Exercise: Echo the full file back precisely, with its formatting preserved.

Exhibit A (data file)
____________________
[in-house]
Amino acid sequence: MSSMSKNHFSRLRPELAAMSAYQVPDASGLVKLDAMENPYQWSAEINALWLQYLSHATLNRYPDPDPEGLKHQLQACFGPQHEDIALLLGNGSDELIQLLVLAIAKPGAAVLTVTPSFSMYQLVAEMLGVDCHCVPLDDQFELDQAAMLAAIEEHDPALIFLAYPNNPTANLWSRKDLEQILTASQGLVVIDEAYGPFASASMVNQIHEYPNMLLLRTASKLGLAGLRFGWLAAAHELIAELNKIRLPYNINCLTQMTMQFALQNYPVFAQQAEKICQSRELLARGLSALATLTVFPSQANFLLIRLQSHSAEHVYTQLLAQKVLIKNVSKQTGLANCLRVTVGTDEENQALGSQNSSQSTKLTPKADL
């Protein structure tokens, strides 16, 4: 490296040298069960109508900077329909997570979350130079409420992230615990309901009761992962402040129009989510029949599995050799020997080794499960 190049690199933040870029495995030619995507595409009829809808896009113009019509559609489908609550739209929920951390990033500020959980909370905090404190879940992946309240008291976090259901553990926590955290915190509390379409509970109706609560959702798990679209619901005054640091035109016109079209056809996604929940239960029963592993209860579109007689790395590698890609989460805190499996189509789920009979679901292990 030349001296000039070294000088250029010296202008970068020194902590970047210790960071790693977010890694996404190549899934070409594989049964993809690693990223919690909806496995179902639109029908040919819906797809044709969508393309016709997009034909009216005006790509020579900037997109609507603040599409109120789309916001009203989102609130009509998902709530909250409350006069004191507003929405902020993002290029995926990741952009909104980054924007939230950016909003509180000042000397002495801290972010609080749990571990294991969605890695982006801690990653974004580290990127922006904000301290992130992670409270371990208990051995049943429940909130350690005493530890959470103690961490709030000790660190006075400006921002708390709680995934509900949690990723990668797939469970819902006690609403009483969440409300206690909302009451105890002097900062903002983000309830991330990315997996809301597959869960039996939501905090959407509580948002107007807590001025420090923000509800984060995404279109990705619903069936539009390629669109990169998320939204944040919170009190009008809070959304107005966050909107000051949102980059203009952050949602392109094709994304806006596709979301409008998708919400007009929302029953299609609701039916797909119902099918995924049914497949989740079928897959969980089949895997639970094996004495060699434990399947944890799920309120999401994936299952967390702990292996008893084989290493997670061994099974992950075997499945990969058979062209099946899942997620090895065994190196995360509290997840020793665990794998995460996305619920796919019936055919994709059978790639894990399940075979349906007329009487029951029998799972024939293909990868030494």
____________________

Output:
[in-house]
Amino acid sequence: MSSMSKNHFSRLRPELAAMSAYQVPDASGLVKLDAMENPYQWSAEINALWLQYLSHATLNRYPDPDPEGLKHQLQACFGPQHEDIALLLGNGSDELIQLLVLAIAKPGAAVLTVTPSFSMYQLVAEMLGVDCHCVPLDDQFELDQAAMLAAIEEHDPALIFLAYPNNPTANLWSRKDLEQILTASQGLVVIDEAYGPFASASMVNQIHEYPNMLLLRTASKLGLAGLRFGWLAAAHELIAELNKIRLPYNINCLTQMTMQFALQNYPVFAQQAEKICQSRELLARGLSALATLTVFPSQANFLLIRLQSHSAEHVYTQLLAQKVLIKNVSKQTGLANCLRVTVGTDEENQALGSQNSSQSTKLTPKADL
């Protein structure tokens, strides 16, 4: 490296040298069960109508900077329909997570979350130079409420992230615990309901009761992962402040129009989510029949599995050799020997080794499960 190049690199933040870029495995030619995507595409009829809808896009113009019509559609489908609550739209929920951390990033500020959980909370905090404190879940992946309240008291976090259901553990926590955290915190509390379409509970109706609560959702798990679209619901005054640091035109016109079209056809996604929940239960029963592993209860579109007689790395590698890609989460805190499996189509789920009979679901292990 030349001296000039070294000088250029010296202008970068020194902590970047210790960071790693977010890694996404190549899934070409594989049964993809690693990223919690909806496995179902639109029908040919819906797809044709969508393309016709997009034909009216005006790509020579900037997109609507603040599409109120789309916001009203989102609130009509998902709530909250409350006069004191507003929405902020993002290029995926990741952009909104980054924007939230950016909003509180000042000397002495801290972010609080749990571990294991969605890695982006801690990653974004580290990127922006904000301290992130992670409270371990208990051995049943429940909130350690005493530890959470103690961490709030000790660190006075400006921002708390709680995934509900949690990723990668797939469970819902006690609403009483969440409300206690909302009451105890002097900062903002983000309830991330990315997996809301597959869960039996939501905090959407509580948002107007807590001025420090923000509800984060995404279109990705619903069936539009390629669109990169998320939204944040919170009190009008809070959304107005966050909107000051949102980059203009952050949602392109094709994304806006596709979301409008998708919400007009929302029953299609609701039916797909119902099918995924049914497949989740079928897959969980089949895997639970094996004495060699434990399947944890799920309120999401994936299952967390702990292996008893084989290493997670061994099974992950075997499945990969058979062209099946899942997620090895065994190196995360509290997840020793665990794998995460996305619920796919019936055919994709059978790639894990399940075979349906007329009487029951029998799972024939293909990868030494």